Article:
Purpose: To assess the accuracy of dynamic susceptibility contrast-enhanced perfusion-weighted magnetic resonance imaging in glioma grading and brain tumor characterization of infratentorial tumors, and to investigate differences from supratentorial tumors. Methods: This retrospective study, approved by the institutional review board, included 246 patients with brain tumors (184 supratentorial, 62 infratentorial), grouped by tumor type: high-grade gliomas (HGG), low-grade gliomas (LGG), metastases (Met), and primary central nervous system lymphoma (PCNSL). Relative cerebral blood volume (rCBV) and mean percentage of signal recovery (PSR) were calculated. For statistical analyses, lesions were grouped by location and histology. Differences were tested with Mann–Whitney U tests. From ROC curves, we calculated accuracy, sensitivity, specificity, PPV, and NPV, for rCBV and PSR. Results: For infratentorial tumors, rCBV was highly accurate in differentiating HGG from LGG (AUC = 0.938). Mean PSR showed high accuracy in differentiating PCNSL and HGG from Met (AUC = 0.978 and AUC = 0.881, respectively). Infratentorial and supratentorial tumors had similarly high rCBV in HGG, high mean PSR in PCNSL, and low mean PSR in Met. The main differences were the optimum threshold rCBV values (3.04 for supratentorial, 1.77 for infratentorial tumors) and the mean PSR, which was significantly higher in LGG than in HGG in supratentorial (p = 0.035), but not infratentorial gliomas. Using infratentorial rCBV threshold values for supratentorial tumors decreased the sensitivity and specificity. Conclusion: rCBV and mean PSR were useful in grading and differentiating infratentorial tumors. Proper cutoff values were important in the accuracy of perfusion-weighted imaging in posterior fossa tumors.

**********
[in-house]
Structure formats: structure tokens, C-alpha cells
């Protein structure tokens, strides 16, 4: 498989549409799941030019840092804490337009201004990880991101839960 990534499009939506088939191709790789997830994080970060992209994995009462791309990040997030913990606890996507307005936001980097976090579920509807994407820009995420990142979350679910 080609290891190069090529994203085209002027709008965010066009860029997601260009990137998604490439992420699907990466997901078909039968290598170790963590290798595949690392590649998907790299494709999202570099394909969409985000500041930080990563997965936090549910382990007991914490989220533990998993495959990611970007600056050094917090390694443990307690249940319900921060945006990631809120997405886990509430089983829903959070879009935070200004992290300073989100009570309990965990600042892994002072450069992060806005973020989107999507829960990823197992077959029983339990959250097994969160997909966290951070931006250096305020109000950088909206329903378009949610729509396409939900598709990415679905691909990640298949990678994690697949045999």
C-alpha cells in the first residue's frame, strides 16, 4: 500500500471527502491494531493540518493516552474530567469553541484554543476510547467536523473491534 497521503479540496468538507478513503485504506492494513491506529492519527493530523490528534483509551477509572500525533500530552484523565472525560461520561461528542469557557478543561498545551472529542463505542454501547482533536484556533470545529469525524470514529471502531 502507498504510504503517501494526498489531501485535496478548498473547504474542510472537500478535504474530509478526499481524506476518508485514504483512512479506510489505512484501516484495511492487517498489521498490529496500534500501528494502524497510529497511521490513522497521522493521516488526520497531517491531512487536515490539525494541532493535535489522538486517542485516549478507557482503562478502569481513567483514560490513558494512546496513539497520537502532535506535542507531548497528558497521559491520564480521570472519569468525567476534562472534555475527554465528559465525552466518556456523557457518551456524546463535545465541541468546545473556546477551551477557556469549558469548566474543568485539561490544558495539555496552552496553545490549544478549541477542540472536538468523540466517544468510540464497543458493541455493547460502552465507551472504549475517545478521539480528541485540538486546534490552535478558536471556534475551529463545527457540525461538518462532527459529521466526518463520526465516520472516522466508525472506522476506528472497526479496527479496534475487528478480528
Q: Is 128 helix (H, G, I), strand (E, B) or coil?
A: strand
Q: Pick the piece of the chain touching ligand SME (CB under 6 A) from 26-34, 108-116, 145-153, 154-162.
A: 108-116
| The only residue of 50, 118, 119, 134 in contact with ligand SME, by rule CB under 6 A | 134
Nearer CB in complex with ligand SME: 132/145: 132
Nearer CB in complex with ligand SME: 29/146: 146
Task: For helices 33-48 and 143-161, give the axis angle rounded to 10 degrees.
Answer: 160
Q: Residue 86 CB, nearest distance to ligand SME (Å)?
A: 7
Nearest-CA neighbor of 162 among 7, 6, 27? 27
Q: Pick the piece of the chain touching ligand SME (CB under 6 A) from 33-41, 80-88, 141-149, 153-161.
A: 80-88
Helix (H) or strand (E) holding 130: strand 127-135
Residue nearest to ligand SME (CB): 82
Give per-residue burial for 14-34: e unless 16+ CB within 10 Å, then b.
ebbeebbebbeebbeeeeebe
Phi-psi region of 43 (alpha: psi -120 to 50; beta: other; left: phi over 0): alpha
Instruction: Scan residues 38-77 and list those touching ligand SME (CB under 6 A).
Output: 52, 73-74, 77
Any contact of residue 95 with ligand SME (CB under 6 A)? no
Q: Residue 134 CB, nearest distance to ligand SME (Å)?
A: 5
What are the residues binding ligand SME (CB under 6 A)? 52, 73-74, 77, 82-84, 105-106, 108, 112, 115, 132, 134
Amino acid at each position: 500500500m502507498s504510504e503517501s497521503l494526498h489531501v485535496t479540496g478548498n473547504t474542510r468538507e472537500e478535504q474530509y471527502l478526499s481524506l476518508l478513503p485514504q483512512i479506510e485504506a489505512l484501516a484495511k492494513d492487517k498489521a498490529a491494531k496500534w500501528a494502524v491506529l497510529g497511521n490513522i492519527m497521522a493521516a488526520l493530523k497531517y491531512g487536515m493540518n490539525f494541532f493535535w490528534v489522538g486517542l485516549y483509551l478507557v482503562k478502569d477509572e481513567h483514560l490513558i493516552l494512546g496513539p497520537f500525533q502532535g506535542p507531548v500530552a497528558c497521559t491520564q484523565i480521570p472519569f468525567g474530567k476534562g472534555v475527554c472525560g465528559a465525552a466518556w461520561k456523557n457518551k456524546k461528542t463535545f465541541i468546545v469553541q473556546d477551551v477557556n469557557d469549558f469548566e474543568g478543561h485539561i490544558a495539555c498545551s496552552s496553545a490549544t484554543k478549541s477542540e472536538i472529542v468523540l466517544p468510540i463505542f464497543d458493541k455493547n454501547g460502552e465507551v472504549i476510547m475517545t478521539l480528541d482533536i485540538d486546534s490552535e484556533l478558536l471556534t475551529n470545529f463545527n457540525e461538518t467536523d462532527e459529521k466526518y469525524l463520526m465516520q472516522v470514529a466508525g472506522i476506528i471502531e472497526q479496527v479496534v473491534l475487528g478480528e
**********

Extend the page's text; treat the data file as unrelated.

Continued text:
- Brain tumors
- Dynamic susceptibility contrast MRI (DSC)
- Perfusion-weighted MRI (PWI)